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NIH selects Emory pathologist for Early Independence Award

The National Institutes of Health (NIH) has honored Sean Stowell, MD, PhD, assistant professor of pathology and laboratory medicine at Emory University School of Medicine, with the NIH Director’s Early Independence Award.

Established in 2011, the Early Independence Awards, which include five-year research grants of $1.25 million, are given to a small number of exceptional early-career scientists who demonstrate "the intellect, scientific creativity, drive and maturity to flourish independently without the need for traditional postdoctoral training," according to NIH director Francis Collins.

Stowell’s research is focused on ABO blood group antigens, the carbohydrates on the surfaces of red blood cells that dictate blood transfusion compatibility. How the immune system forms antibodies against blood group antigens – and interacts with microbes that display similar antigens -- is still poorly understood.

Stowell’s work at Emory with Richard Cummings, PhD, chairman of biochemistry, brought to light how a family of innate immune proteins called galectins can target and kill microbes that mimic blood group antigens. Work with Jeanne Hendrickson, MD, now at Yale, resulted in the development of a rodent model designed to understand how this unique form of immunity may impact the development of these antibodies in vivo.

"Our studies will examine how galectin-mediated immunity impacts the microbiome and contributes to the regulation of anti-blood group antibodies," Stowell says. "Understanding these factors could help answer century-old questions about how anti-blood group antibodies develop, and potentially improve the safety of blood transfusions and organ transplantation."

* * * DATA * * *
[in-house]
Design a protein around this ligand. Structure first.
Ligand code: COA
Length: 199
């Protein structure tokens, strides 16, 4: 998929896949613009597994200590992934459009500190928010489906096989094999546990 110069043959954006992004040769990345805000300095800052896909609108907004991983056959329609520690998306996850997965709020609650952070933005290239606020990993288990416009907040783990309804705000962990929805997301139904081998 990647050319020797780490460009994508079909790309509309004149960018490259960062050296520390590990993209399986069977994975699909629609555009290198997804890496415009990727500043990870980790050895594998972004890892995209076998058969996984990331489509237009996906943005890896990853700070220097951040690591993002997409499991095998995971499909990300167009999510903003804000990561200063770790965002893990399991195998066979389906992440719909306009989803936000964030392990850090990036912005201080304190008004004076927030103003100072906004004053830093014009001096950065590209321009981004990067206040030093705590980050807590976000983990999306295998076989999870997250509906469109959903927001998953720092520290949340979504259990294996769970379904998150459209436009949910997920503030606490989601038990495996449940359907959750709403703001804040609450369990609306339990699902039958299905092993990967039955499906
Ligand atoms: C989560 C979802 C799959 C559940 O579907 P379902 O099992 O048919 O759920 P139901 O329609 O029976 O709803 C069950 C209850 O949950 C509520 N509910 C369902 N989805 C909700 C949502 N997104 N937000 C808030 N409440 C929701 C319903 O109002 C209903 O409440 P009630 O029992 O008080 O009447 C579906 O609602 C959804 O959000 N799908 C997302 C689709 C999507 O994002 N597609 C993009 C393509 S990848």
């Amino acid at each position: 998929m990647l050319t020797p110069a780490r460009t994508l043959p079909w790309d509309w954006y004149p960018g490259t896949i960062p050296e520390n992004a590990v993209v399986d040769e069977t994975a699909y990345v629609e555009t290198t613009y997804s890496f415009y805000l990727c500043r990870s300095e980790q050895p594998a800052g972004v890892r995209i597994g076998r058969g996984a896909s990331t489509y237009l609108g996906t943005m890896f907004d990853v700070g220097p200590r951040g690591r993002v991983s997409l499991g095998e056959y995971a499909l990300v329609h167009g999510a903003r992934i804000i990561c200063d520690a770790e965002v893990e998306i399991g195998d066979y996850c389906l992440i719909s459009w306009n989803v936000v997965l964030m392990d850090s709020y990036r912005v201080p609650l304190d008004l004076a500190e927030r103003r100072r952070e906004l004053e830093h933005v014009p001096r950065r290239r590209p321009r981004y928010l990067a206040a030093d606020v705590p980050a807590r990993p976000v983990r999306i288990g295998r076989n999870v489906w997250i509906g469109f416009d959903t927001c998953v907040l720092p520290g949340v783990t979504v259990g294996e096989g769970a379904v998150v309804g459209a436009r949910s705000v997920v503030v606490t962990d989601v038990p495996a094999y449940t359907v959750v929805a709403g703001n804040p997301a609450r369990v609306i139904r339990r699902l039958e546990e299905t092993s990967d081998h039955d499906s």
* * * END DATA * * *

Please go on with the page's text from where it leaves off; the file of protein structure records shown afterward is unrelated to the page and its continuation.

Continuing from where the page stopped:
The NIH Director's Early Independence Awards initiative is funded through the NIH Common Fund, which supports cross cutting programs that are expected to have exceptionally high impact. All Common Fund initiatives encourage investigators to develop bold, innovative and often risky approaches to problems or to seize new opportunities that offer the potential for rapid progress.

"Dr. Stowell’s groundbreaking studies focus on one of the key factors that determine the success of blood transfusions, which are given to tens of thousands of Americans each year," says Tristram G. Parslow, MD, PhD, chair of the Department of Pathology and Laboratory Medicine in Emory School of Medicine. "We are especially proud that his medical and research training at Emory helped make him a top candidate for this prestigious NIH award."

View more information about the NIH Director’s Awards.

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